But it was after Lizzo wholeheartedly embraced a message of body positivity that she became a household name. Her next two albums, Coconut Oil and Cuz I Love You, sent her career stratospheric. “Good as Hell”, widely considered a huge self-love anthem, was released as the lead single from Coconut Oil and featured on the soundtrack for the 2016 film Barbershop: The Next Cut. Lizzo began speaking more openly about body positivity and self-love, and declared her intention to “fight for the right to be you and to be beautiful and to be accepted”.

She told CBC Radio at the time: “The term ‘body positivity’ only exists because of body shaming. People should naturally be body positive, and body positivity should be something that’s built into our culture.” “Juice”, a pumped-up anthem bursting with confidence and self-esteem, went viral on TikTok and featured in the Netflix film Someone Great. “Truth Hurts”, also from Cuz I Love You, drew even more success and became her first No 1 hit on the Billboard Hot 100.

A pre-fame Lizzo performs in 2016
A pre-fame Lizzo performs in 2016 (Getty)

With “Truth Hurts”, Lizzo became the first Black solo female R&B singer to reach the peak of the Top 100 since Rihanna in 2012 with her track “Diamonds”. She performed at Coachella Music Festival for the first time, as well as with her flute at the 2019 BET Awards, earning her a standing ovation. She then played on the West Holts stage at Glastonbury. She also ventured into acting, playing a supporting role in Hustlers, which starred Jennifer Lopez and Constance Wu, and voicing a character in the animated film UglyDolls.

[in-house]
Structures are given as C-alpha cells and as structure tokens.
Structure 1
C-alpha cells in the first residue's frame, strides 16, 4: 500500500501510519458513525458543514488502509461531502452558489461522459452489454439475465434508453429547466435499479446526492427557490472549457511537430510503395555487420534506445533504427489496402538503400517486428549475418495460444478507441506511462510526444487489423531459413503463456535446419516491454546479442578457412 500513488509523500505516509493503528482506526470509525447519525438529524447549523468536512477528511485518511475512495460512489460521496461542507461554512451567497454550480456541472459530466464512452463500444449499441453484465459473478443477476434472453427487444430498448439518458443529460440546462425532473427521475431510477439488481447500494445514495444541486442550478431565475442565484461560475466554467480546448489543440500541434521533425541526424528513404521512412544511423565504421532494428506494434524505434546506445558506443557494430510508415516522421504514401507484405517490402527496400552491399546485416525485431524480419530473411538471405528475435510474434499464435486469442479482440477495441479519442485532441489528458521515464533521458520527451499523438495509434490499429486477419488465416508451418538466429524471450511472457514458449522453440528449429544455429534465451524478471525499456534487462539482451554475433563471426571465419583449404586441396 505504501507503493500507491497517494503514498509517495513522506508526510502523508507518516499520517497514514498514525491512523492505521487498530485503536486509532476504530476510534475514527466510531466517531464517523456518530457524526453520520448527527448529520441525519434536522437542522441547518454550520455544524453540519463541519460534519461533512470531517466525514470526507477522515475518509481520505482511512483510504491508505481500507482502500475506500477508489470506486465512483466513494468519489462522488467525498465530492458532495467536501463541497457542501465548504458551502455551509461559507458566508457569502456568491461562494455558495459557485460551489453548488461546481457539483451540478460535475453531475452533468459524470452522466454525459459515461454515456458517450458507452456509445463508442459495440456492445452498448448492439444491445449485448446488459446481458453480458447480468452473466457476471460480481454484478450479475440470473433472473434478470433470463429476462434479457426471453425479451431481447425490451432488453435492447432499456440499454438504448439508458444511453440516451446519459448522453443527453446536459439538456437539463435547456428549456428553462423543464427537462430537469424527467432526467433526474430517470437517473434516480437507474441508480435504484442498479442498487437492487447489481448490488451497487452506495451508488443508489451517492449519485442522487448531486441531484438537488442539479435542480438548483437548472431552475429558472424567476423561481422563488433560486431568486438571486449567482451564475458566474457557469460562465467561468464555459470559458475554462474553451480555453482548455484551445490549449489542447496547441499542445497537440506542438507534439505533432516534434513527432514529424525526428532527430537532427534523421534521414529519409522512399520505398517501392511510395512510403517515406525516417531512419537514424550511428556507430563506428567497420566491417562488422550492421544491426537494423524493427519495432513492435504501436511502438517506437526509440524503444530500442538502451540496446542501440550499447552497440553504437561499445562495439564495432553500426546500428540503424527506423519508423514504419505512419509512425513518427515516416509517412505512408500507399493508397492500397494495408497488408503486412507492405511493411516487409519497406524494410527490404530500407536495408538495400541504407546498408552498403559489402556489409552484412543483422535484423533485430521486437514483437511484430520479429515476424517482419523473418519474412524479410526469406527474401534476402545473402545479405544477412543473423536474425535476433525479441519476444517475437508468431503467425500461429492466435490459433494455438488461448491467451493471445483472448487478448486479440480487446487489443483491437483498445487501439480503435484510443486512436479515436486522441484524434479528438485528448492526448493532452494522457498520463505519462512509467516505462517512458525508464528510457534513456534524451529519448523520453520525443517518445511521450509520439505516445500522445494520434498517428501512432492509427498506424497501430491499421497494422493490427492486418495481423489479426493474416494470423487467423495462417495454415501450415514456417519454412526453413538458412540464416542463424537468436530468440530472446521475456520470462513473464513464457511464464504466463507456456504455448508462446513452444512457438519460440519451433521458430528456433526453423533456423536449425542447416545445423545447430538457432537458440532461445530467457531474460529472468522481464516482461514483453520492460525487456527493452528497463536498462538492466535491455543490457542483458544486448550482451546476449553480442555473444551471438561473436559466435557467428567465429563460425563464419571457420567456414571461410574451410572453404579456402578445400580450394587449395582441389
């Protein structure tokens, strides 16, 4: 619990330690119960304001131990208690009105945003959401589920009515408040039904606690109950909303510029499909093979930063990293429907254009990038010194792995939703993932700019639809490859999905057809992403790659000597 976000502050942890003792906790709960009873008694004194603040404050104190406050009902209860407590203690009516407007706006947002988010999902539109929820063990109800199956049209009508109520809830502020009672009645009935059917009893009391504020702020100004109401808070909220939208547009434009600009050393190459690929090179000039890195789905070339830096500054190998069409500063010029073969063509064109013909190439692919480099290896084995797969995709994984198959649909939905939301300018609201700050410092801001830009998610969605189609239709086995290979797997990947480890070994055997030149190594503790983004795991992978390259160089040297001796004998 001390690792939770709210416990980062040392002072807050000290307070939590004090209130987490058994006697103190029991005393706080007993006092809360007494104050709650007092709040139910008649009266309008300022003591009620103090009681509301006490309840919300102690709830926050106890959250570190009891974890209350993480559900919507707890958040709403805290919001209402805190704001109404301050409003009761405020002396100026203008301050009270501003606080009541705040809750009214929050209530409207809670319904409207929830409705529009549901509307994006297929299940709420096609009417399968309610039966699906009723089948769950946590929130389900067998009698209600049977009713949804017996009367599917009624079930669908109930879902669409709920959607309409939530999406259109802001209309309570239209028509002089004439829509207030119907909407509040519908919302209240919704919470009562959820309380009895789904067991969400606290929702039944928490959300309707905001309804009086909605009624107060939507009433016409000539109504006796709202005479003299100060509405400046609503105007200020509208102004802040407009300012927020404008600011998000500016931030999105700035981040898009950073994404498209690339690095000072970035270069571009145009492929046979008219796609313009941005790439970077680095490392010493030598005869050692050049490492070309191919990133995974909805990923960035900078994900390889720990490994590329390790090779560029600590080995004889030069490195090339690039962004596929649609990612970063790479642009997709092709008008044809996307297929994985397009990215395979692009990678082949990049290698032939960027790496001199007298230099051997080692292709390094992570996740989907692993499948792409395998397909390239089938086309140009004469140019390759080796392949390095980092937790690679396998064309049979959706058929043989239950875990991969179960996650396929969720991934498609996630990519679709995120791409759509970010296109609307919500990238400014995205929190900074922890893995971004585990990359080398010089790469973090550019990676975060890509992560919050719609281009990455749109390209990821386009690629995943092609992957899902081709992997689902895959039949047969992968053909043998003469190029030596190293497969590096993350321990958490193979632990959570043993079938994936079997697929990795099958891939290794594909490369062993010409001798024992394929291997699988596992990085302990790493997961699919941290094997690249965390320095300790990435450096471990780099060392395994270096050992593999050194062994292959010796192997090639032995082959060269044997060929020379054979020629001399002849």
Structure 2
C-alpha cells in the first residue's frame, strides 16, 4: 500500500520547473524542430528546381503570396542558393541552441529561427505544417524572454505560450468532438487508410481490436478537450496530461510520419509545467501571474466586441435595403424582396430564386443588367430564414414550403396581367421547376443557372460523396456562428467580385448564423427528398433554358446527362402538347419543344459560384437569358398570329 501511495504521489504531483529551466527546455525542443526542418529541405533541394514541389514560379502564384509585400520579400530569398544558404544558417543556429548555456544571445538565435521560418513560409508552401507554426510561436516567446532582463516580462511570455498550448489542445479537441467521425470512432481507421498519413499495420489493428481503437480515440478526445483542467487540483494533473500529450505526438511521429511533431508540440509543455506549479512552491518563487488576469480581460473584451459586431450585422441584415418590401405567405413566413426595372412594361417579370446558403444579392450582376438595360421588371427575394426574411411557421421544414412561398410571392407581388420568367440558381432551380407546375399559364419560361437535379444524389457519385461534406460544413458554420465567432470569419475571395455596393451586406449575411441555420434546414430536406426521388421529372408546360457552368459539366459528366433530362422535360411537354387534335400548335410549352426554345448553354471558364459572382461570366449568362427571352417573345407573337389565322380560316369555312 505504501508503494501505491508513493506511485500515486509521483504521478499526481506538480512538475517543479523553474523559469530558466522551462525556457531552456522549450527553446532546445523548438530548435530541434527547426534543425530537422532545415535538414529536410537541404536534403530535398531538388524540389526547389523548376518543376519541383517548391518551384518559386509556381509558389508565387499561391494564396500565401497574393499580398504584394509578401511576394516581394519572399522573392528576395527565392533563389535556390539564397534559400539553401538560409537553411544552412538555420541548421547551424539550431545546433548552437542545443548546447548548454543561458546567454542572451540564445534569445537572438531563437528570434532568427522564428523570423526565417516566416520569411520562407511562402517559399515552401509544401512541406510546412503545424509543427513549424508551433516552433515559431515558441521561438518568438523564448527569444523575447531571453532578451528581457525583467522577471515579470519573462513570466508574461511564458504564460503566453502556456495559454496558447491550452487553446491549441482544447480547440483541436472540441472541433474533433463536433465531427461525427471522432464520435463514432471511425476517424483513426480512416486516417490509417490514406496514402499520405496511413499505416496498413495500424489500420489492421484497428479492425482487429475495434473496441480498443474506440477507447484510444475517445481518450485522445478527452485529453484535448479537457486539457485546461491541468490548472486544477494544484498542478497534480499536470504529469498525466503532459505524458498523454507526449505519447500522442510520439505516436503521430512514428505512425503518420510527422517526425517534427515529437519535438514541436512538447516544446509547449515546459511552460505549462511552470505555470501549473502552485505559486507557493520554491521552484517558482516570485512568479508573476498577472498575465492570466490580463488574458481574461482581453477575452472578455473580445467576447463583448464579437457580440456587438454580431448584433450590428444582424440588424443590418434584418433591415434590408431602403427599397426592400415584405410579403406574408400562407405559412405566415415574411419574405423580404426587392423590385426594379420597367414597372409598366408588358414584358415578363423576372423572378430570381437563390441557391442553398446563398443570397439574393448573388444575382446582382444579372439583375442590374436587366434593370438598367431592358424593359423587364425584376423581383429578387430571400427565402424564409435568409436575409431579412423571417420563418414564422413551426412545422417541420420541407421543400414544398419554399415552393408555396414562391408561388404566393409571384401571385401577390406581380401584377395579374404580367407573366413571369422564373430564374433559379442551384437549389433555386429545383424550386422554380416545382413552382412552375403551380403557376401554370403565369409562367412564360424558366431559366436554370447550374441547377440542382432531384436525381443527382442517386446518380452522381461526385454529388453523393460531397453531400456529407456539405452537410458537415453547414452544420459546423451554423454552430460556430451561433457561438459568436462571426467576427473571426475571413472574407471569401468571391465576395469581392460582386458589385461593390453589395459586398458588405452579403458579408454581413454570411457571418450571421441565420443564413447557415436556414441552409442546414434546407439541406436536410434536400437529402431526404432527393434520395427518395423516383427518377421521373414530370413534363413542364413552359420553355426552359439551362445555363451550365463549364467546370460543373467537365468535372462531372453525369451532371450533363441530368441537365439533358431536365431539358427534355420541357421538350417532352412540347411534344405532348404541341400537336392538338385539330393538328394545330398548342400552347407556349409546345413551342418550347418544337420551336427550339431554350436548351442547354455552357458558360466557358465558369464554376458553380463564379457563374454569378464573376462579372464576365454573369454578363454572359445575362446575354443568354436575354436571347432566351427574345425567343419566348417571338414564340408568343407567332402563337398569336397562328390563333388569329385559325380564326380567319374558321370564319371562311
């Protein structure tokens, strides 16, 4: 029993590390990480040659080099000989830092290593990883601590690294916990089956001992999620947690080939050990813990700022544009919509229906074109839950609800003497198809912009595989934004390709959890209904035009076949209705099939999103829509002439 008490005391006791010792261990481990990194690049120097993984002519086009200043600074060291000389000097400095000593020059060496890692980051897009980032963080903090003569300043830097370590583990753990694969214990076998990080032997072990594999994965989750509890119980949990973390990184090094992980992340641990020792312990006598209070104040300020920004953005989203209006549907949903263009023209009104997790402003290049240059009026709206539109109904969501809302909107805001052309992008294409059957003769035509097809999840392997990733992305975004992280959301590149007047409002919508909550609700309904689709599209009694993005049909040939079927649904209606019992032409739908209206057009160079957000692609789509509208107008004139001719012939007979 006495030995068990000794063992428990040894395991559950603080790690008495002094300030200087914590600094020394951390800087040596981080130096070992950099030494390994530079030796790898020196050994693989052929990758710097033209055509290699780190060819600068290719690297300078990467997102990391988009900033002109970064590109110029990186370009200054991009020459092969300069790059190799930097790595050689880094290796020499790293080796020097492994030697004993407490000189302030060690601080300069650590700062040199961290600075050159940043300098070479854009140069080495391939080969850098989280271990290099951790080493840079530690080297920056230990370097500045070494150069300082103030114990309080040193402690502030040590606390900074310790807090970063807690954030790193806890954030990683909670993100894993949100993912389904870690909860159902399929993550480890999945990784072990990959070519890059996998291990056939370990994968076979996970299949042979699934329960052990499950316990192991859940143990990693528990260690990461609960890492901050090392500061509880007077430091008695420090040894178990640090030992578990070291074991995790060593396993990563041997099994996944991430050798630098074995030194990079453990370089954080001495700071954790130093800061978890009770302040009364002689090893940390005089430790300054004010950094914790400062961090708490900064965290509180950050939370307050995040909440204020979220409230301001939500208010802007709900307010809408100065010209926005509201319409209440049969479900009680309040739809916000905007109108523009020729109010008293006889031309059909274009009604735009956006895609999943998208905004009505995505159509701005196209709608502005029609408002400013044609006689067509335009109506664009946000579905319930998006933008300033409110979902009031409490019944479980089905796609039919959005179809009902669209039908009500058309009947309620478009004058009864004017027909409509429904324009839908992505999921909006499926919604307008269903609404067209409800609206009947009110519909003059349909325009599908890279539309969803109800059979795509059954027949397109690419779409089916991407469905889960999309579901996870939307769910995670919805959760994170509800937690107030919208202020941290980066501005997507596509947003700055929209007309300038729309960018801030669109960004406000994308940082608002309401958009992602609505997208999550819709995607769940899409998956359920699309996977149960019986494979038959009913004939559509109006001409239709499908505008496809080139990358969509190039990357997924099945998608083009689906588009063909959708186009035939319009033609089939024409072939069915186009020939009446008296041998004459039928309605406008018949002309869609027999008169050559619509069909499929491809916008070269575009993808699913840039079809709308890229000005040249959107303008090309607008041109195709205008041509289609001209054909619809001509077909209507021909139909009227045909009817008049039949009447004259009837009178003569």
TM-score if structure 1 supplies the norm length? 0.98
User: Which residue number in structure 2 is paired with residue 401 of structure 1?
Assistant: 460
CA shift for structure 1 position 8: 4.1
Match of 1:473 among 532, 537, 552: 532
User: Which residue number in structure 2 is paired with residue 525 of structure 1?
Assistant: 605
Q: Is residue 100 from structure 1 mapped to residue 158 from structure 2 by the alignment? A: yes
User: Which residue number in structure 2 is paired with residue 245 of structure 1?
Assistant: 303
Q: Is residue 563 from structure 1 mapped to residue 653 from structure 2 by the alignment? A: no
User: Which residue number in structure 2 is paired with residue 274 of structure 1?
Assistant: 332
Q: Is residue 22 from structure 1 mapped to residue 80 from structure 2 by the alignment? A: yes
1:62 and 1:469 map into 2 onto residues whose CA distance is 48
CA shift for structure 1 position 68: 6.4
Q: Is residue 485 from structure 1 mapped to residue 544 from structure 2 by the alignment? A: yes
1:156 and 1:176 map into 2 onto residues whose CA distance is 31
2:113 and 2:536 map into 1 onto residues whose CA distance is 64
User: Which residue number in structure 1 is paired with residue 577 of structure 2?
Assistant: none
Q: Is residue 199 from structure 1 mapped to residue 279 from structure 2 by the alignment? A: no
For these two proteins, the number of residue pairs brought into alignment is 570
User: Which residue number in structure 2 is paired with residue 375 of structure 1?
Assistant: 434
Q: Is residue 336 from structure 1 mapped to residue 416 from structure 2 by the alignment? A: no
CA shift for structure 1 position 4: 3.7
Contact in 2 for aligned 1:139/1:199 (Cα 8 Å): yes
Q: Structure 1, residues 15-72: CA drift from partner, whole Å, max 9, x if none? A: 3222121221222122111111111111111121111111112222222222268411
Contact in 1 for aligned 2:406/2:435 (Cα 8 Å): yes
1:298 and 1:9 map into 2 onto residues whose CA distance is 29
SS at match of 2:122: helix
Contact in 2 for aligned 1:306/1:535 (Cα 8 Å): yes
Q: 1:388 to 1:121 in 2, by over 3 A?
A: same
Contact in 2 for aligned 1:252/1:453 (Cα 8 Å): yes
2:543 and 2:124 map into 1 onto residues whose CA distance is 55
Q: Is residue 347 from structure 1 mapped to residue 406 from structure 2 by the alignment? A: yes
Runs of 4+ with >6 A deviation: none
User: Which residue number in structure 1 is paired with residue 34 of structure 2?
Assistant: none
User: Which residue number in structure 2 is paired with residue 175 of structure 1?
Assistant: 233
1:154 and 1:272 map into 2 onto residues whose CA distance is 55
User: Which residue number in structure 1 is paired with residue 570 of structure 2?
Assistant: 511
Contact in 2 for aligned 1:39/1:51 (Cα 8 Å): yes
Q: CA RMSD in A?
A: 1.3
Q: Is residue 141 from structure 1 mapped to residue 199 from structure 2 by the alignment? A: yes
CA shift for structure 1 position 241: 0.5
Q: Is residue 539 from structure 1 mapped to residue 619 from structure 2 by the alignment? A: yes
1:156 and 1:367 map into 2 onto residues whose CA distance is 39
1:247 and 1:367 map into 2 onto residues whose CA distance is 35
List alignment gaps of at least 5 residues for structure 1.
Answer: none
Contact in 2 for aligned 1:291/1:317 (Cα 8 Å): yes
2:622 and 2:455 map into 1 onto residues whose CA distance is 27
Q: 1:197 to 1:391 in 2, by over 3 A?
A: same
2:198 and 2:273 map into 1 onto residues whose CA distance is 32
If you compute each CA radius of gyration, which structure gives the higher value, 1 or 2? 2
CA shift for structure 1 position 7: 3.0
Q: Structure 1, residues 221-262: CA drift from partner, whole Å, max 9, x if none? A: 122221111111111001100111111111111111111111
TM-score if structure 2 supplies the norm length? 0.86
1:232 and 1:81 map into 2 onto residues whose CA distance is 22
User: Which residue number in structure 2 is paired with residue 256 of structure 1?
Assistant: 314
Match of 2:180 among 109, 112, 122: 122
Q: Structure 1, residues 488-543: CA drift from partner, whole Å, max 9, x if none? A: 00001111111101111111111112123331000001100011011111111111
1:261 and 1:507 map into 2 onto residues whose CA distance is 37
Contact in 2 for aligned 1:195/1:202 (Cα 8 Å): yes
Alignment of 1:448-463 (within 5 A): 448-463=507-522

Between 2020 and 2022, Lizzo continued to gain further recognition. She signed a production deal with Amazon Studios and released her reality series Lizzo’s Watch Out for the Big Grrrls in 2022. The show saw 13 women – including Davis and Williams – competing to be dancers for Lizzo. It received six nominations at the 74th Primetime Emmy Awards in 2021, winning three of them. Last year, she also released her fourth studio album Special, which featured the hit song “About Damn Time”. However, she also courted controversy after fans complained about the use of the word “spaz” in her song “Grrrls”. She later replaced the lyric and said in a statement: “As a fat Black woman in America, I have had many hurtful words used against me so I understand the power words can have (whether intentionally, or in my case, unintentionally) … As an influential artist, I’m dedicated to being part of the change I’ve been waiting to see in the world.”

While that storm blew over quickly once Lizzo acknowledged the hurt caused by her lyric and acted swiftly to change things, the current lawsuit she faces has much wider and more damaging implications. Whether or not it will turn her army of fans against their favourite singer remains to be seen, as many are still processing her response to the allegations. Just last week, she was praised for speaking kindly to an 11-year-old girl who asked her to help her deal with online bullies during the Australian leg of her Special tour. Lizzo told the young girl: “The words that we say have a long-lasting effect on people.” It may turn out that the singer realises this applies to her actions as well.

The Independent has contacted Lizzo’s representative for comment.

This article has been updated following the release of Lizzo’s statement.